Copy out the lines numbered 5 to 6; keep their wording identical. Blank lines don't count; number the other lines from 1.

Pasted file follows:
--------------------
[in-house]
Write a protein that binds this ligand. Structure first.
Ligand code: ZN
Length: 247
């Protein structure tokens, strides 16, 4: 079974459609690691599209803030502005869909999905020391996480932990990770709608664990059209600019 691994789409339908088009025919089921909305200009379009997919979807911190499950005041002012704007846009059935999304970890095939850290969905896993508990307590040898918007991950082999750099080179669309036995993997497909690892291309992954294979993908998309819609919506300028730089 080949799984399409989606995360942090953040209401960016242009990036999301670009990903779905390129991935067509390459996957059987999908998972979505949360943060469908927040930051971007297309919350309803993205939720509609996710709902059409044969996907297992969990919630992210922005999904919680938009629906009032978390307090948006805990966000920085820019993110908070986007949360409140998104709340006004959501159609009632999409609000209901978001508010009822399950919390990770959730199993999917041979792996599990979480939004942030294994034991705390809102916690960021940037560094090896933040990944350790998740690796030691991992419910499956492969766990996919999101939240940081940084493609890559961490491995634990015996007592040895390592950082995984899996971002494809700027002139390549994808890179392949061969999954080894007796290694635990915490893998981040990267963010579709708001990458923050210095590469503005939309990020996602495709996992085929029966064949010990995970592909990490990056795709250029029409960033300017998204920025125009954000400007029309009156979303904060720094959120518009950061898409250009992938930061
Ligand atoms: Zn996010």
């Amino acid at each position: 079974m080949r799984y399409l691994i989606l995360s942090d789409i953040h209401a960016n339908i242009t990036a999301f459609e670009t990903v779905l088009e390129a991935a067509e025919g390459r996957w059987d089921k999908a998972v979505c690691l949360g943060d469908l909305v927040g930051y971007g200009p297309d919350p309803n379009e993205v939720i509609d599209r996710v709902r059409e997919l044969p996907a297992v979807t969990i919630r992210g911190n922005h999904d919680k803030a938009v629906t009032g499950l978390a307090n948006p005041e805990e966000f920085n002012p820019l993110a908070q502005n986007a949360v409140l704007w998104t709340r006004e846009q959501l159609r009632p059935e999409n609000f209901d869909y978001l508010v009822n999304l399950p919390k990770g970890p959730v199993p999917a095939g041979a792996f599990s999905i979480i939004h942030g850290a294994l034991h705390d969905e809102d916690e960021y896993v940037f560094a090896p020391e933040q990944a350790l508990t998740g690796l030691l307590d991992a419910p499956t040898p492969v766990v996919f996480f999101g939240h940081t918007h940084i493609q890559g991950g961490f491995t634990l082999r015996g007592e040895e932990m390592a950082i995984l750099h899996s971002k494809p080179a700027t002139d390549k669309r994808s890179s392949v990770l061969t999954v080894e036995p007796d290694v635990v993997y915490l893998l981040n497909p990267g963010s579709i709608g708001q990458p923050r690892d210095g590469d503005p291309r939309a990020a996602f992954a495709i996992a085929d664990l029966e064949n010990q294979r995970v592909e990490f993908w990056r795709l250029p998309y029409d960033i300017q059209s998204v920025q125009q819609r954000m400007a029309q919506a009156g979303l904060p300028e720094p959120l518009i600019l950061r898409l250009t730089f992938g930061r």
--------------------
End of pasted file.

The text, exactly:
């Protein structure tokens, strides 16, 4: 079974459609690691599209803030502005869909999905020391996480932990990770709608664990059209600019 691994789409339908088009025919089921909305200009379009997919979807911190499950005041002012704007846009059935999304970890095939850290969905896993508990307590040898918007991950082999750099080179669309036995993997497909690892291309992954294979993908998309819609919506300028730089 080949799984399409989606995360942090953040209401960016242009990036999301670009990903779905390129991935067509390459996957059987999908998972979505949360943060469908927040930051971007297309919350309803993205939720509609996710709902059409044969996907297992969990919630992210922005999904919680938009629906009032978390307090948006805990966000920085820019993110908070986007949360409140998104709340006004959501159609009632999409609000209901978001508010009822399950919390990770959730199993999917041979792996599990979480939004942030294994034991705390809102916690960021940037560094090896933040990944350790998740690796030691991992419910499956492969766990996919999101939240940081940084493609890559961490491995634990015996007592040895390592950082995984899996971002494809700027002139390549994808890179392949061969999954080894007796290694635990915490893998981040990267963010579709708001990458923050210095590469503005939309990020996602495709996992085929029966064949010990995970592909990490990056795709250029029409960033300017998204920025125009954000400007029309009156979303904060720094959120518009950061898409250009992938930061
Ligand atoms: Zn996010």